Commenting on the publication by the Department for Education of national statistics for permanent and fixed-term exclusions in England during 2013/14, Kevin Courtney, Deputy General Secretary of the National Union of Teachers, the largest teachers’ union, said:
“While, clearly behaviour issues have to be addressed for the sake of the whole school community, there is no quick fix.
Commenting on the findings of the leaked draft report of The Commission on Assessment without Levels, the publication of which had been delayed by Government until September 2015, Kevin Courtney, Deputy General Secretary of the National Union of Teachers, the largest teachers’ union, said:
"The report presents a serious challenge to Government policy on assessment: no wonder the Department for Education is delaying its publication.
Commenting on Nicky Morgan’s suggestion in today’s Daily Telegraph that teachers should not deal with schoolwork and email after 5pm, Kevin Courtney, Deputy General Secretary of the National Union of Teachers, the largest teachers’ union, said:
Commenting on Chain Effects 2015, the Sutton Trust’s latest report on the impact of academy chains on low-income students, Christine Blower, General Secretary of the National Union of Teachers, the largest teachers’ union, said:
“This report exposes the blatant hypocrisy at the heart of the Government’s education policy. Ministers have failed to carry out any evaluation of whether their flagship policies are driving improvement in the schools system. Instead, the Conservatives are dogmatically insisting on placing even greater numbers of schools under the charge of academy chains, whose governance and performance it has failed to evaluate properly.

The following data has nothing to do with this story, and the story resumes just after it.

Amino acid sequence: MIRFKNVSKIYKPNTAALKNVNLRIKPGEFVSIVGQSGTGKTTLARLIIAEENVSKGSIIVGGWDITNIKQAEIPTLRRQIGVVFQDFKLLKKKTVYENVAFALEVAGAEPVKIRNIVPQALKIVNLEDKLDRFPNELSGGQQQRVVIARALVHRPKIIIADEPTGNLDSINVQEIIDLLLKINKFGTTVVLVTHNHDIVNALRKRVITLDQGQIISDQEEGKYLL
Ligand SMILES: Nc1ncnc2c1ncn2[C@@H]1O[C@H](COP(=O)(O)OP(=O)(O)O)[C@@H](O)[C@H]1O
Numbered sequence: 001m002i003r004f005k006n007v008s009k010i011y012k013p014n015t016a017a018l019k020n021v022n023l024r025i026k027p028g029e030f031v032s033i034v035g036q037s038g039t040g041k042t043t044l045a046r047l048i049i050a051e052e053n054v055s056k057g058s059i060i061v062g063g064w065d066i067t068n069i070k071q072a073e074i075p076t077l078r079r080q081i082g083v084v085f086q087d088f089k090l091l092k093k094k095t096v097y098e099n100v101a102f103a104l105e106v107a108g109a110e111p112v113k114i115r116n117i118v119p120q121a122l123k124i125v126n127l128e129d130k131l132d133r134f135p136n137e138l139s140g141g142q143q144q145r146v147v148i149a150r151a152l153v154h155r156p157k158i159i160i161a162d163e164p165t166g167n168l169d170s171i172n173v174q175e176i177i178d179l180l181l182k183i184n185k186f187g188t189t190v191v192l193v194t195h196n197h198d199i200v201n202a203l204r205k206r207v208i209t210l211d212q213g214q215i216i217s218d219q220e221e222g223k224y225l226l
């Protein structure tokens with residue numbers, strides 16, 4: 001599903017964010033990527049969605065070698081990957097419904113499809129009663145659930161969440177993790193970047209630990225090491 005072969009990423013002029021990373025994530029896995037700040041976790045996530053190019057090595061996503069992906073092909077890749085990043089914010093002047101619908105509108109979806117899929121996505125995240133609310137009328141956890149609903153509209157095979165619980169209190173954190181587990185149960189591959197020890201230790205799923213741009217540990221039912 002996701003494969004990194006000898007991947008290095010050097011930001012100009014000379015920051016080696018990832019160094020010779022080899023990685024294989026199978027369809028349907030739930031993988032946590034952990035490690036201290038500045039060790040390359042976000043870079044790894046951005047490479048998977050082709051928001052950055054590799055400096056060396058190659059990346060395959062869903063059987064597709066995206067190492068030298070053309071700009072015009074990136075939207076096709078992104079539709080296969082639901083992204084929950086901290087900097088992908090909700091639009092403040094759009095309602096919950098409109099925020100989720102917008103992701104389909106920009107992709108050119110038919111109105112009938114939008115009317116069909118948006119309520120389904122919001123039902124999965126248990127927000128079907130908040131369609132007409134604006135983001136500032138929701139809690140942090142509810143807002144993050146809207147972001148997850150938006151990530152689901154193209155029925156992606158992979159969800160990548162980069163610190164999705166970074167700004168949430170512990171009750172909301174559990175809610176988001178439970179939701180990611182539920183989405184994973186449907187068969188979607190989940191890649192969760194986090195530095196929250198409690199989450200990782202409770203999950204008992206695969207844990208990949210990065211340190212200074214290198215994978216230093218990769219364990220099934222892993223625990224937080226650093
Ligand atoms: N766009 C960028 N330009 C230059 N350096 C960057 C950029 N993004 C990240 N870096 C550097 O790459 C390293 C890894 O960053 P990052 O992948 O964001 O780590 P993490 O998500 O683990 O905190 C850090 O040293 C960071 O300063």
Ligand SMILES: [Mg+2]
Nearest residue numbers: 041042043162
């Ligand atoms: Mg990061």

Commenting on the national pupil projections which predict a 20% rise in secondary school pupil numbers over next decade, and a continued rise in the primary schools population, Christine Blower, General Secretary of the National Union of Teachers, the largest teachers’ union, said:
“With pupil numbers set to rise and the shortage of primary school places now spilling into a secondary place shortage it is imperative that Government acts quickly to resolve this serious problem. This means securing greater funding for capital development but this alone will not be enough.
Today, the National Union of Teachers publishes Exam Factories? The impact of accountability measures on children and young people. The study was commissioned by the NUT and conducted independently by Emeritus Professor Merryn Hutchings of London Metropolitan University.
This is a wide ranging research project that incorporates a survey of almost 8,000 teachers, an extensive literature review and quantitative research utilising case studies of both heads and teachers (not all of whom are NUT members) and children.
Responding to the Government’s announcement that they are to introduce reception baseline assessment, Dr Mary Bousted, general secretary of the Association of Teachers and Lecturers (ATL) and Christine Blower, general secretary of the National Union of Teachers (NUT), said:
“We are deeply concerned about the introduction, this September, of the baseline assessment of four- and five-year-old children in reception classes.